Mr Vadia then explained capital gains (CG). He says, “For asset sales during the year, the taxpayer (or seller) needs to calculate CG tax and pay advance tax accordingly. Interest for earlier instalments of advance tax is not payable if entire CG tax paid in next instalments as per Section 234C. The taxpayer needs to check from form 26AS, whether the buyer had deposited the 1% TDS and the same is reflecting in the form. The seller also needs to obtain form 16B from the buyer.”
Several people want to save CG tax by investing the proceeds from asset sales in bonds. Mr Vadia said, “The time limit for claiming exemption under Section 54 (buying one new house) or section 54F (one new house on sale of any other asset) is one year prior, two years afterwards or construction within three years from the date of sale. The new house has to be in India. For exemption under Section 54, the capital gain needs to be invested while for Section 54F, the entire sale consideration is required to be invested. If exemption under Section 54F is claimed, then the taxpayer cannot purchase new house for one year or construct one within 3 years.”
Some people buy house owned by a non-resident Indian (NRI). In such cases, they need to deduct TDS at a rate of 30.9% and not 1%. The buyer also needs to obtain a TAN number and deposit the tax and file TDS return in Form 27Q. Also when the house property is bought from an NRI, the buyer should not use for 26QB for paying TDS. The NRI can obtain a lower tax deduction certificate under Section 197, he added.
Mr Vadia then explained some new changes proposed in the Budget related with capital gains. He says, “From FY2017-18, holding period for land, building or both has been reduced to two years from three years. Long-term gain on sale of shares would be exempt only if STT is paid at the time of purchase from 1 April 2017. Holding period of mutual fund (MF), in case of scheme consolidation will be from the date of holding of original scheme, which is applicable from 1 April 2016 onwards. Also the original transfer from one scheme to other will also not be a taxable transfer as per Budget 2016.”
Highlighting a new change in the Budget, Mr Vadia said, the base year for capital gains is now shifted to 2001 from 1981. “So, if you are planning to sell a house, it is better to do it after March 2017,” he added.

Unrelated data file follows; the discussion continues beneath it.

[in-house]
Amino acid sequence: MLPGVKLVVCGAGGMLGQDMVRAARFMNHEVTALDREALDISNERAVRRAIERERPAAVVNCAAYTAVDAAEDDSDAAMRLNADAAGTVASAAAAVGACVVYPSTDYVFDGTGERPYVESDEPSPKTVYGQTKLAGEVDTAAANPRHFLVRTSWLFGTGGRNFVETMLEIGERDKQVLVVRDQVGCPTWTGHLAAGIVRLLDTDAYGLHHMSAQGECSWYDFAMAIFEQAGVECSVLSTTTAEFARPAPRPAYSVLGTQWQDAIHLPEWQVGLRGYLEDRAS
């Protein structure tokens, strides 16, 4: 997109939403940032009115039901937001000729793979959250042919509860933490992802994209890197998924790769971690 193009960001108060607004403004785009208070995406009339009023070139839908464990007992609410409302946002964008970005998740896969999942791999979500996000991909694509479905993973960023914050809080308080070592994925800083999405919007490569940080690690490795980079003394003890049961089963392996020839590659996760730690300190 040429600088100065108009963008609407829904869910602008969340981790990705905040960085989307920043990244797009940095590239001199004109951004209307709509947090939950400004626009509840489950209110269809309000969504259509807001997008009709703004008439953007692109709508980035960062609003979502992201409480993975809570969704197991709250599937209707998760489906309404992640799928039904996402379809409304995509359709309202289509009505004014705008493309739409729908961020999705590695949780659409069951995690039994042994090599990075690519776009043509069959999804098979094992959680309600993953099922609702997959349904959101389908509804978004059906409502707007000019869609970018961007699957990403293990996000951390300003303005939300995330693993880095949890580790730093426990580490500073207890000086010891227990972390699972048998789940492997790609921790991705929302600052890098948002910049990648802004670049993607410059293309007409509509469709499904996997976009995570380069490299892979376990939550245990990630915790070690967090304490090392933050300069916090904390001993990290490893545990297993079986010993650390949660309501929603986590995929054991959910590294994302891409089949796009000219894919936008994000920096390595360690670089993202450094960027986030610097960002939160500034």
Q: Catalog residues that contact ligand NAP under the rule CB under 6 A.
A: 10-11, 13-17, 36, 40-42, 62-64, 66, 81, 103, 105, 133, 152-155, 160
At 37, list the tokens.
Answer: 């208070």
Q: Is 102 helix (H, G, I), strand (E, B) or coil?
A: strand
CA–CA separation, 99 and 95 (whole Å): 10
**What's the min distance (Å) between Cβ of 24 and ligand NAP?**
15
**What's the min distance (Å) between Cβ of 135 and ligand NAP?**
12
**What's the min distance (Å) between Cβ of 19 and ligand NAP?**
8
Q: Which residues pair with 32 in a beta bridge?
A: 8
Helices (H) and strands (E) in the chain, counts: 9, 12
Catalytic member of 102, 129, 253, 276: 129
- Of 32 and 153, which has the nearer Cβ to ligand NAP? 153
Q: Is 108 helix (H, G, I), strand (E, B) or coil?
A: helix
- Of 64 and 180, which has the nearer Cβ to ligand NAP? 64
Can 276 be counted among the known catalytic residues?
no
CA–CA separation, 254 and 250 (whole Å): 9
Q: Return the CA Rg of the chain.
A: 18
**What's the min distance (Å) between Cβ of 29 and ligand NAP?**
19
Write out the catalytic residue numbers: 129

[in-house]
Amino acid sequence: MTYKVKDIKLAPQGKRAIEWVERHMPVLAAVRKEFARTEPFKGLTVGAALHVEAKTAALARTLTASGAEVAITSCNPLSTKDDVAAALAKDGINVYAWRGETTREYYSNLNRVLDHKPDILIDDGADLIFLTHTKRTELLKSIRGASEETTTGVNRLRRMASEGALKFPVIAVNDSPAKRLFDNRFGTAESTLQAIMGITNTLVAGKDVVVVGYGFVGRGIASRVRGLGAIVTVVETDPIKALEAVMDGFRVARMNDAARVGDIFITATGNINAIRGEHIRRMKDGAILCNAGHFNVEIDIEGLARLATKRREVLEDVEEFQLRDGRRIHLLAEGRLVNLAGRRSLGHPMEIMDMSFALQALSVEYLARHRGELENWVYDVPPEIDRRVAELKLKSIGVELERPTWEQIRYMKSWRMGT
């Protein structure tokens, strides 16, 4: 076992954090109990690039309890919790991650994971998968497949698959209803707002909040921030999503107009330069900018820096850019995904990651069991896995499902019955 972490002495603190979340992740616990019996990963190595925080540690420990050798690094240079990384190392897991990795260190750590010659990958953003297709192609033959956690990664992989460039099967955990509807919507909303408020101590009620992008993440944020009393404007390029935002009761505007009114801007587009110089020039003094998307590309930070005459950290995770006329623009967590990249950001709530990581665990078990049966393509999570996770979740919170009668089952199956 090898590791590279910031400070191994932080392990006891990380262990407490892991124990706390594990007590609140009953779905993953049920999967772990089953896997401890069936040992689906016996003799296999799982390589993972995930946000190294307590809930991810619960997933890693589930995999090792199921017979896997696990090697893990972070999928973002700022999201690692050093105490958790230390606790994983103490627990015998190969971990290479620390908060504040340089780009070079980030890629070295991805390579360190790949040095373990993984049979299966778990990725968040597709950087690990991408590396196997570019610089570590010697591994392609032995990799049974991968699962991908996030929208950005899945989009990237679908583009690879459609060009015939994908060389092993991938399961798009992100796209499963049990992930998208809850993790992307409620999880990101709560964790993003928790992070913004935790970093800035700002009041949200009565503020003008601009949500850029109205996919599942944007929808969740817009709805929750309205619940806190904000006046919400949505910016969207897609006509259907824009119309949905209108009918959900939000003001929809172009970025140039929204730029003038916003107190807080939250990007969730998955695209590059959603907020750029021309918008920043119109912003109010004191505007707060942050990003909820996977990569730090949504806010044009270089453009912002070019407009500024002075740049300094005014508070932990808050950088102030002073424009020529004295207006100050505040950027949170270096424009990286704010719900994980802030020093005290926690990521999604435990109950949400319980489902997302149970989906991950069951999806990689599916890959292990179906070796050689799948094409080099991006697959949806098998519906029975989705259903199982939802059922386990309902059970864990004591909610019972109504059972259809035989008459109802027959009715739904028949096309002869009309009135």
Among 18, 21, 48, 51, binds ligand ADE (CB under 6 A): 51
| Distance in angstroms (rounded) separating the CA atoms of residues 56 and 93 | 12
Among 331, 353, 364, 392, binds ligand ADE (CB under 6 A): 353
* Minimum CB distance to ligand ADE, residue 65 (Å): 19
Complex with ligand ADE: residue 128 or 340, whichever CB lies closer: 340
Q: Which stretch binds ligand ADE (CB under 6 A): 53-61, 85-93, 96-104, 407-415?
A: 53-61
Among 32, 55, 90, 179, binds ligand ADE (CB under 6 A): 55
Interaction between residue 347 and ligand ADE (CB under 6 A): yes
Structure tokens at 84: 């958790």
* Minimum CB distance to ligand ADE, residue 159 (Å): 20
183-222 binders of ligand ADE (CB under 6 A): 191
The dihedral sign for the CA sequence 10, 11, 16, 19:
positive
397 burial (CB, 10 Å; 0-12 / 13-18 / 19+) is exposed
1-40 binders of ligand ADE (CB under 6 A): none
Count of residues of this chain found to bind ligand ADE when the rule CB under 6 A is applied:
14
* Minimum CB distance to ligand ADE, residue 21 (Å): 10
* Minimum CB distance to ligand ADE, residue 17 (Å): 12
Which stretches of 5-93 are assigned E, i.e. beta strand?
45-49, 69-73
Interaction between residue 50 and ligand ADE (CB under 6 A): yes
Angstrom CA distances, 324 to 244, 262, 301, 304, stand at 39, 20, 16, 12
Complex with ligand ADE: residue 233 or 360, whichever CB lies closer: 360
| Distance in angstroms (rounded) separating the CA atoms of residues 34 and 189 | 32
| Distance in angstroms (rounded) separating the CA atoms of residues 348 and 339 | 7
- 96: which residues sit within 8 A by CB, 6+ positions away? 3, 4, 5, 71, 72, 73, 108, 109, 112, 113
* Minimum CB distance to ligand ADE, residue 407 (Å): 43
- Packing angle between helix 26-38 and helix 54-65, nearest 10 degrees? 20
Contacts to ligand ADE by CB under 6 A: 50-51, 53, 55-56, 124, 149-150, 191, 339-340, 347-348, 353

Explaining the concept of income from other sources, the CA, who has over 20 years’ experience in direct and indirect taxation, internal audit and management consultancy, says the taxpayer needs to do own calculations, especially for interest income and TDS. He says, “Interest on savings account above Rs10,000 is fully taxable. This is combined for all savings accounts held by a person including dormant or non-operative account, if any interest is credited. Irrespective of method of accounting, it is better to take fixed deposit interest based on banks’ certificate and TDS reported in form 26AS.”
“If fixed deposit or other interest is high as TDS is deducted @10%, then the taxpayer is required to pay advance tax. Similarly, for non-convertible debentures (NCDs) and bonds held in demat form, no TDS is deducted, and the taxpayer needs to calculate and pay advance tax,” he added.
Mr Vadia also highlighted that interest earned on income tax refund is fully taxable.
He then explained several deductions that can be claimed under various sections like Section 80C, 80D (health insurance premium), Section 80DDB (deduction for medical treatment expenses), 80G (donations), 80CCD (1B-National Pension Scheme-NPS).
Sharing some tips on tax filing and other issues, Mr Vadia says, returns for FY2014-15 cannot be filed beyond March 2017. “From next year onwards if return is filed late then fees of Rs1,000, Rs5,000 and Rs10,000 will be applicable as per Section 234F. Even the time limit for filing revised return is now reduced by one year. So make sure that correct return is filed. Cash transactions of more than Rs3 lakh are not allowed and there is a penalty of amount equivalent to transaction value under Section 269ST for this violation,” he added.
According to Mr Vadia, Bengaluru-based Central Processing Centre has been given additional powers under Section 143(1) to do a review of return before processing from this year onwards. He said, “The CPC can make adjustments in wrong carry forward of loss, disallowance of expenditure in audit report but not taken in computation of income, additional income appearing in form 26AS, which is not included while filing return, and disallowance of deductions made for business income. It will also provide an opportunity to the taxpayer of being heard before making these adjustments.”